यहाँ पेशाब करना मना है (you are not allowed to urinate here.) This was not the sort of opening statement, emblazoned on a T-shirt, you would expect from a young designer; that too, right from his first collection, and in the first ever fashion week held in India, in 2000. Hopped up on energy and extravagance, the referencing of popular culture—a first for Indian fashion—was both camp and caustic. And while it might have caused a moment of shock and awe, by 2002 when Manish Arora sent down his other iconic Tee which read, ‘Full power, 24 hr. No sleep. No shower’, it seemed as if he was simply charting his trajectory. This show was under the label Fish Fry, a diffusion line of sportswear produced with Reebok, who had signed up with the maverick designer in 2001.
Right from the get-go, it was clear that the sense and sensibility of design was forever going to be inverted and subverted by Manish. His inspirations were commonplace but the execution was incandescent. Drawing from street art, calendar art, truck art, Manish, with his love for saturated colours, proved that pink really was the navy blue of India. Bright florals, Bollywood’s visual exuberance and Indian hyperbole were all infused with a shot of graphic psychedelia. It took me a while to understand why I had an instinctive, emotional reaction to his style, but then it hit me. Manish’s clothes looked like how legendary band Pink Floyd sounded: A sign of the times, with an eye on the future. Sharp, edgy, definitive.
In what can only be described as visual overload, Manish gave expression to a new movement in Indian fashion. Till then, the term kitsch was used dismissively, often to describe bad taste. A sensibility best left to the masses. But in a particularly Andy Warholesque moment (the artist is a huge inspiration for Manish), he elevated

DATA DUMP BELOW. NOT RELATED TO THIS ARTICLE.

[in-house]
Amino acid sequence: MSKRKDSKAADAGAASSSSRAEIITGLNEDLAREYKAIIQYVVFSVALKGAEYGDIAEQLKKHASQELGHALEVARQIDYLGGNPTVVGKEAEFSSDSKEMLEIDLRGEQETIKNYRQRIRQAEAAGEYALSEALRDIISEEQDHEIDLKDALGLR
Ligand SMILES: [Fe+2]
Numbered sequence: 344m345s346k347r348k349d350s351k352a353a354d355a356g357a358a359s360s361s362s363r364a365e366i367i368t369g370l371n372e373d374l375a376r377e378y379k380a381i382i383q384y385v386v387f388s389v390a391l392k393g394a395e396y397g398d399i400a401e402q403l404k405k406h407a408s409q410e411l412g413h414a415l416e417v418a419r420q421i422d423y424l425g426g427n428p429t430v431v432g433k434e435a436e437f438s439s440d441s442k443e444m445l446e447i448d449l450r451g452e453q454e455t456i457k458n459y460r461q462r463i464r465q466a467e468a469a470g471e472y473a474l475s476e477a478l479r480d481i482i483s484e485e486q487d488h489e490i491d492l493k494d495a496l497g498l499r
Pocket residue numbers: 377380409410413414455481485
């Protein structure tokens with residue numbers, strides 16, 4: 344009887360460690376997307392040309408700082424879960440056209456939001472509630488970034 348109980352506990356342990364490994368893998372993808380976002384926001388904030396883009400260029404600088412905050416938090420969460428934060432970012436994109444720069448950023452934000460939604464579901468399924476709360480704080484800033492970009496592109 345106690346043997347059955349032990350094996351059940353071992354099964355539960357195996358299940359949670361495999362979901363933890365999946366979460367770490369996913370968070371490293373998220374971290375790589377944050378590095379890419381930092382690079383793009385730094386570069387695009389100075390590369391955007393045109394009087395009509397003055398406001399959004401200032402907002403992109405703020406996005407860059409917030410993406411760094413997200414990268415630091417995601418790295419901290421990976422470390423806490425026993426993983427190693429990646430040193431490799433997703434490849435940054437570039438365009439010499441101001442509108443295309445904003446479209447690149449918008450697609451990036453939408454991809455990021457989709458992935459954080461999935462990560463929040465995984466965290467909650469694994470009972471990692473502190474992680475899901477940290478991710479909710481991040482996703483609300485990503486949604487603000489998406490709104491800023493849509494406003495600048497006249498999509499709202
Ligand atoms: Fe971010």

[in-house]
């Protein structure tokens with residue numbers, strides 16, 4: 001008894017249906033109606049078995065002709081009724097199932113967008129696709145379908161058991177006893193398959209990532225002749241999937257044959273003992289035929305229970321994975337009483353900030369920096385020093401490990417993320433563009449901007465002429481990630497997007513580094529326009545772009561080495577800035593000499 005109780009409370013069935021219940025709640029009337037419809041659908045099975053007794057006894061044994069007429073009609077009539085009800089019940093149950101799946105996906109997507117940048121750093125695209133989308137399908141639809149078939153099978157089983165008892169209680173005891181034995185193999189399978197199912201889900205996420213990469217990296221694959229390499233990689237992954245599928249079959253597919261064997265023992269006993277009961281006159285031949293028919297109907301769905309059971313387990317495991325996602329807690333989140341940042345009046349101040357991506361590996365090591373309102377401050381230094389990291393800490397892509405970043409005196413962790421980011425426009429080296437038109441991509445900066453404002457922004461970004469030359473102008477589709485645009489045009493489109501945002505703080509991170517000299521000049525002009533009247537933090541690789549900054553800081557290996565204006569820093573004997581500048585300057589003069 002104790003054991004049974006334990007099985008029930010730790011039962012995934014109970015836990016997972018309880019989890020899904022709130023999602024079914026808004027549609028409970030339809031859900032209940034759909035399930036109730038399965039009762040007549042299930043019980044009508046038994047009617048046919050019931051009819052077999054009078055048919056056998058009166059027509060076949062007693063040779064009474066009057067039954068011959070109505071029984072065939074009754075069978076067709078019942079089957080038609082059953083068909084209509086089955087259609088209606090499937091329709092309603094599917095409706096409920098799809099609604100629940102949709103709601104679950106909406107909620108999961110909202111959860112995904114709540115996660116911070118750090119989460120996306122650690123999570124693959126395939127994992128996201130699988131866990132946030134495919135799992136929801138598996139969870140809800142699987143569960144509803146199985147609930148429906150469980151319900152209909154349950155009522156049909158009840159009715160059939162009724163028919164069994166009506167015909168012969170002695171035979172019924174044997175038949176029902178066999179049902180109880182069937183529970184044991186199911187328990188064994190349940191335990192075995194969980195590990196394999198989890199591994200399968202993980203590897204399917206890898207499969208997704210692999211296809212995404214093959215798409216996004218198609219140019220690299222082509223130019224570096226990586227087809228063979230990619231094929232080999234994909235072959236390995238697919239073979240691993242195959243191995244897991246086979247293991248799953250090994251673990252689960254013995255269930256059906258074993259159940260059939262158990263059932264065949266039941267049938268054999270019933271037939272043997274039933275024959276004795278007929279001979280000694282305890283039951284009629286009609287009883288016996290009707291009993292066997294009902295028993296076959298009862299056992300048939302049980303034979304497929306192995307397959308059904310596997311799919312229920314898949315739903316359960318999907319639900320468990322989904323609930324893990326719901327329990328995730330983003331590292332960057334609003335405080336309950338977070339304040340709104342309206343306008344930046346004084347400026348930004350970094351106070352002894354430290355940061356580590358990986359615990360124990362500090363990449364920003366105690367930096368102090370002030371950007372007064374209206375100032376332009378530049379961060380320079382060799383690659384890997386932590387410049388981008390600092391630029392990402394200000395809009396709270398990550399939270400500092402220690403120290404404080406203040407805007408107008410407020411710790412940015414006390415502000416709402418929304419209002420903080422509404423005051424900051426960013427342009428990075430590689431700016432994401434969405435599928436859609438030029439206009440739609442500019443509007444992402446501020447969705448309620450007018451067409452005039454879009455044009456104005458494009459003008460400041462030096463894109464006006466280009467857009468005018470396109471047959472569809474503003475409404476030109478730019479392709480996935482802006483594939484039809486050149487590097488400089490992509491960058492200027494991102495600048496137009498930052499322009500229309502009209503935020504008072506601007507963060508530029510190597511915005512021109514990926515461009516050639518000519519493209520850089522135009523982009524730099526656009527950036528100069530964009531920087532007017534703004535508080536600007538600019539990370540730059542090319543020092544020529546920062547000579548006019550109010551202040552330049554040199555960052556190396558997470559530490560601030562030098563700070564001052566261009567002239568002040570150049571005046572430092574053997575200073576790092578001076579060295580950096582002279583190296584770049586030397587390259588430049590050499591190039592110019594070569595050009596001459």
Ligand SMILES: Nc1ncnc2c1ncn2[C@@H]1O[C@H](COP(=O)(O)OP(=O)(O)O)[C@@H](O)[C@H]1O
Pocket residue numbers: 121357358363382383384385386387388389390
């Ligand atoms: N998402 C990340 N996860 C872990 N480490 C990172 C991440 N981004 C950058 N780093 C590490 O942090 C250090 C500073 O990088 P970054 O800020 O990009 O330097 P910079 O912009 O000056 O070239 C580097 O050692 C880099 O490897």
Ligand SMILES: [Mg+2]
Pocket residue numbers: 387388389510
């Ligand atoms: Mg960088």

the ordinary to the iconic. And the humble lotus/autorickshaw/cycle took its place next to the exalted paisley in Indian design.
What made it work was the irony and humour behind what I like to describe as the “Horn OK, Please” revolution. From god-printed T-shirts to the mudras of Kathakali dancers, there was an irreverence that altered the language of kitsch. If Manish worked on the world’s most famous mouse for Disney, you could be sure Maharajah Mickey would be carrying a mace. Once, he even used an Amar Chitra Katha story for an entire collection. The theatre of fashion seemed to be a term created for Manish’s showings. My all-time favourite is a scarf with typical Bollywood hero asking a buxom heroine: Will you marry me?
As early as December 2008, The Washington Post reviewed Manish glowingly: “Arora’s work in the past eight years has signalled the flowering of India’s pop art movement, which has elevated images from the streets and bazaars often dismissed as lowbrow and low-art. And as the chaotic nation of a billion-plus people hurtles toward becoming an economic powerhouse, rising consumerism and rapid urbanisation have brought small-town kitsch to the big cities. Artists and designers who chronicle “the new India” are now choosing these images and giving them the status of high art.” In the same piece, Manish had said, “There is no difference between my design and the sign on the roadside juice stall.”
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